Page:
What is it with Encinitas and Ponzi schemes? First Scott Bottolfson and now this:
The Securities and Exchange Commission filed an emergency enforcement action to halt a fraudulent scheme being conducted by John Clement of Encinitas, Calif., and his company Edgefund Capital LLC.
The SEC alleges that Clement ran a purportedly profitable day trading business out of his home and raised at least $2.1 million since August 2008 from 22 investors in the San Diego area. Clement hyped the profit potential by falsely promising returns of 1 to 2 percent per month to investors in his hedge funds (The Edgefund, LP and The Edge Fund Ltd., LP). He falsely claimed that the risk potential was limited because of his purported 5 percent stop-loss rule, and he falsely assured investors that they could request a return of their investments at any time upon written request. The SEC alleges that Clement has misappropriated and misspent all of the investor funds.
The Honorable Larry A. Burns, U.S. District Judge for the Southern District of California, granted the SEC’s requests for an immediate freeze of the assets of Clement and Edgefund Capital and an order prohibiting Clement and Edgefund Capital from destroying evidence. The court will hold a hearing on May 16, 2011, on the SEC’s motion for a preliminary injunction.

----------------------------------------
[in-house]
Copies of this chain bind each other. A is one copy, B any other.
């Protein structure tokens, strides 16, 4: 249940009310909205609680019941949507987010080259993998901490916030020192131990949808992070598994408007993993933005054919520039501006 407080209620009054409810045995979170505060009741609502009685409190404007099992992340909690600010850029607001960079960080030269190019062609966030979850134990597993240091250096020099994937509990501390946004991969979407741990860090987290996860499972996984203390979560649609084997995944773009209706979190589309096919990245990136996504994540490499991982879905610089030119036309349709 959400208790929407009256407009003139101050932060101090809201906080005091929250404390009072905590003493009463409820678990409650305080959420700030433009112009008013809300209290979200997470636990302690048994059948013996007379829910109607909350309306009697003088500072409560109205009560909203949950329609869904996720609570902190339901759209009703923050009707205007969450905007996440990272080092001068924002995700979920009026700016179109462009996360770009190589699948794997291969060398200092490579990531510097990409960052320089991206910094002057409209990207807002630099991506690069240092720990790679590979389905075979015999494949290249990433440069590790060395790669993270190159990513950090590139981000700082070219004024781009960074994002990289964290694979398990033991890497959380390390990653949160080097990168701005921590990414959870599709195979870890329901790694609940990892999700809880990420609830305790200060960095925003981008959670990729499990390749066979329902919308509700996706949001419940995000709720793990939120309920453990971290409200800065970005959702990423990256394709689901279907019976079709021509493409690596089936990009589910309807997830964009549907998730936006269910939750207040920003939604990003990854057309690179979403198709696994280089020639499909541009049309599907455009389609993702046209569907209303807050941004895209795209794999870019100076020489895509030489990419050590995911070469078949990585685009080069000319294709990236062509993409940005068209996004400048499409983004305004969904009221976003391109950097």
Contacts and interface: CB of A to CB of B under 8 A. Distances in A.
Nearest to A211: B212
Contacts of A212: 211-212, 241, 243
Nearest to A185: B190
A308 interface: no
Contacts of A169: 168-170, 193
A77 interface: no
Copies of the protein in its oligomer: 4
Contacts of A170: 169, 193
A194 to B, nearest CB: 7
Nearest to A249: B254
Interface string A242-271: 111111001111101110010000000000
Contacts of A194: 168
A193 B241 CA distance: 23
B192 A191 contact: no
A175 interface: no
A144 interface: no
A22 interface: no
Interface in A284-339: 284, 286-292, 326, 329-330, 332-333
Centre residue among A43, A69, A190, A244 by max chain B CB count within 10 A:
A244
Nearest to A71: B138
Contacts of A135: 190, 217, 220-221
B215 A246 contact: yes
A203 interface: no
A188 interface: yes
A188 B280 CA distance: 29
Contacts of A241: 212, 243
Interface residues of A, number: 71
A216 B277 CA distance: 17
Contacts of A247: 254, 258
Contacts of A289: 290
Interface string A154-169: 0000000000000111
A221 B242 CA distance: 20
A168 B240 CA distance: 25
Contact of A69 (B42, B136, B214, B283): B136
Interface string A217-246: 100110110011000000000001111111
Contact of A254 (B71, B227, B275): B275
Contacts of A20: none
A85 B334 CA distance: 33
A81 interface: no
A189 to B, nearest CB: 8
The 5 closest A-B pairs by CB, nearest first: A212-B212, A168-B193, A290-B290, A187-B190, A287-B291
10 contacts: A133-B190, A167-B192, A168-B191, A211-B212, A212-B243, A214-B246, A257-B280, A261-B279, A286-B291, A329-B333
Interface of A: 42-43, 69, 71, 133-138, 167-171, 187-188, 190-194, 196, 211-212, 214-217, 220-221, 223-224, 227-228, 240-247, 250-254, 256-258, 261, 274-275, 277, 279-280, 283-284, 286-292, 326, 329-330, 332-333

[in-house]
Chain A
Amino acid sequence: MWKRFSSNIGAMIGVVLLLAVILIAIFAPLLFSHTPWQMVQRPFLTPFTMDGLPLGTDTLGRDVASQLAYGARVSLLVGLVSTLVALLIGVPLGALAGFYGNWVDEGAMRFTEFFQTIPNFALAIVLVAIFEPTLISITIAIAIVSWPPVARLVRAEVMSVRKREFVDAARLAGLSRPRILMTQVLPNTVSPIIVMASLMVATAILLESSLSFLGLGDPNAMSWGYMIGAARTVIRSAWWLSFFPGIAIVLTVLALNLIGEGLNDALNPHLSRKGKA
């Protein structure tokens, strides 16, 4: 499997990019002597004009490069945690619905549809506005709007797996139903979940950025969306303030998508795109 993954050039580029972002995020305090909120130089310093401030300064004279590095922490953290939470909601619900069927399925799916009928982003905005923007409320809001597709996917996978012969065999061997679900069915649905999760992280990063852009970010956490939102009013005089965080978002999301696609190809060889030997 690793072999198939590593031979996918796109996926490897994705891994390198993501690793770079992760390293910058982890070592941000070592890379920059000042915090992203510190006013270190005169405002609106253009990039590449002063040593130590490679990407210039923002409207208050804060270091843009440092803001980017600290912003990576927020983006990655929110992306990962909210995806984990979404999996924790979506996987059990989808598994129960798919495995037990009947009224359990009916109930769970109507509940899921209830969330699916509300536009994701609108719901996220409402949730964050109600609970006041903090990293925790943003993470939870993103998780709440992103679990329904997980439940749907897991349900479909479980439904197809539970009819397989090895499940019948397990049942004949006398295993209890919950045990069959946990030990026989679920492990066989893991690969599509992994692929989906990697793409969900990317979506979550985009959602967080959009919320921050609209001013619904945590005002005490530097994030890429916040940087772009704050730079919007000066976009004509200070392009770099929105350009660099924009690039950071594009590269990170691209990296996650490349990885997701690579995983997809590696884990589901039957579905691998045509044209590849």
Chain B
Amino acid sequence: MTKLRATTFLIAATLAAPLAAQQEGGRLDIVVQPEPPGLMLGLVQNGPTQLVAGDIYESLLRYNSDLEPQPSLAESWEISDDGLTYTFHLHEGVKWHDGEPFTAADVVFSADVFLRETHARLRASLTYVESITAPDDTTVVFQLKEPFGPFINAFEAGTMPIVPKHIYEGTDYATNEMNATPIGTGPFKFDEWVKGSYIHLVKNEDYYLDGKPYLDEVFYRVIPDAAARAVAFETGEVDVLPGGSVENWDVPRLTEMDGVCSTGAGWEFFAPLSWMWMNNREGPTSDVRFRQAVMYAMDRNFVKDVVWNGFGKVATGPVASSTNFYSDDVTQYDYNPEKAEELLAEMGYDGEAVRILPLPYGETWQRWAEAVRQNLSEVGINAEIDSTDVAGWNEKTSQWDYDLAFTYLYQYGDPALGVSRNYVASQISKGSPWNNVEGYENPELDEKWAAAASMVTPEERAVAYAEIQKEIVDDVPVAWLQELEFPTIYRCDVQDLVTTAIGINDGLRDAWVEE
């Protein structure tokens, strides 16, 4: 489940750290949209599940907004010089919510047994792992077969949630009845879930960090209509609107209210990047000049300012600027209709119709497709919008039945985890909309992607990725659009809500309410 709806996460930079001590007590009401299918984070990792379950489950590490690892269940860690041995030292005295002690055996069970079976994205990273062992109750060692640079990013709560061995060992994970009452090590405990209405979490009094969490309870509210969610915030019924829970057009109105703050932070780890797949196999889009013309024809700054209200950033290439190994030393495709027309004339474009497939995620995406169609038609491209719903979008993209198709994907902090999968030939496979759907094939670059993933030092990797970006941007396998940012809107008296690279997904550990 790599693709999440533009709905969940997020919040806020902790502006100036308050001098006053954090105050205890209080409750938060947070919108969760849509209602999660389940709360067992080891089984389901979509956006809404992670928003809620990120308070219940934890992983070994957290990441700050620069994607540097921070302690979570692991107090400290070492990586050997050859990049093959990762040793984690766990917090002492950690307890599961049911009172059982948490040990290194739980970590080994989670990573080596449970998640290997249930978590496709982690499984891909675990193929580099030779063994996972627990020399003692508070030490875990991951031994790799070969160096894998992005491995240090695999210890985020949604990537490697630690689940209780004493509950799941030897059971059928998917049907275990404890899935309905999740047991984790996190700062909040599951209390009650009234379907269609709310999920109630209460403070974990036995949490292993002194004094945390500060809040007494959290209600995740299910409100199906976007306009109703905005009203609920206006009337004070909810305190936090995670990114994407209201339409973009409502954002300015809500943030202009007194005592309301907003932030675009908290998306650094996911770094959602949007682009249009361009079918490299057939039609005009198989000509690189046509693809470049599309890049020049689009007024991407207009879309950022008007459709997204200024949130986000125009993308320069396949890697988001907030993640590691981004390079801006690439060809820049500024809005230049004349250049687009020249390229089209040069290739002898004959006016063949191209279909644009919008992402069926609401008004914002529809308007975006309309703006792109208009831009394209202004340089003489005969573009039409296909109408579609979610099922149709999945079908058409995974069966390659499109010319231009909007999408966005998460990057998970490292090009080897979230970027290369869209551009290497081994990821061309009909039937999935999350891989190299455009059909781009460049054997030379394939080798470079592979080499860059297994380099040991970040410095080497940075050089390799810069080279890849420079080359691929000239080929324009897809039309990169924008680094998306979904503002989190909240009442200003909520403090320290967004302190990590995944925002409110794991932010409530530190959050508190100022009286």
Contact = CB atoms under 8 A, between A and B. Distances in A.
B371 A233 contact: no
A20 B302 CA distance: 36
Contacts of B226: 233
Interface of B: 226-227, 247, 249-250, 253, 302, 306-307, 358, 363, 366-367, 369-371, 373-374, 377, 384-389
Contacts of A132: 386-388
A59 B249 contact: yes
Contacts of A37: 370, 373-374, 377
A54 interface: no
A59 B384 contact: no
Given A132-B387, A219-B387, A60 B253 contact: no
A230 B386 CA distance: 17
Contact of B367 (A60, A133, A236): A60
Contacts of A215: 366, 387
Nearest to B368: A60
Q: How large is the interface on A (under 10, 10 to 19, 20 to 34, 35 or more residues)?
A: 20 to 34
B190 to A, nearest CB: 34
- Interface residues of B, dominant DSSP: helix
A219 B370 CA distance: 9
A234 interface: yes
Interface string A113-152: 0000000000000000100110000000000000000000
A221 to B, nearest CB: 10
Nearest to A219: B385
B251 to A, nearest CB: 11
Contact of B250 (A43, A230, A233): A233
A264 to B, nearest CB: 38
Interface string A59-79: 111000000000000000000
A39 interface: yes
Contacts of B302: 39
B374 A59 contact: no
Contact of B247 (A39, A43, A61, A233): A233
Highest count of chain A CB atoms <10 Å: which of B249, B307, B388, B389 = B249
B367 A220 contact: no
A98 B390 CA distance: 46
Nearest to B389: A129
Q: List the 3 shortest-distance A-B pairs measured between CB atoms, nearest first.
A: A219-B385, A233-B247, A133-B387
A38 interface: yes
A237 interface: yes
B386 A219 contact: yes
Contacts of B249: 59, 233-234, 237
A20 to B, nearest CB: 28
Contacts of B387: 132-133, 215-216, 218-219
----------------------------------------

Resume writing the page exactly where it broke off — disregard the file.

The SEC alleges that in order to conceal his fraud, Clement sent fabricated account statements to at least one investor that reflected an inflated fund balance of $8.2 million. In fact, the hedge fund accounts at that time were not even funded. Beginning March 29, 2011, Clement began telling investors that an SEC investigation had impacted his ability to communicate with them, frozen his bank accounts, and blocked his securities trading activities. Although the SEC was investigating Clement’s operations, he lied in his other assertions to investors.
I guess it's that Encinitas is a great place to live, so when scammers get their hands on Other People's Money, they use it to fund the Encinitas lifestyle. Or maybe Encinitas living is so expensive that it pushes people to fraud.
Any time somebody tells you he makes a living day trading, ask to see his tax returns. Most self-proclaimed "day traders" have other assets or income and just call themselves "day traders" because it sounds cooler than "trust fund baby" or "disability malingerer."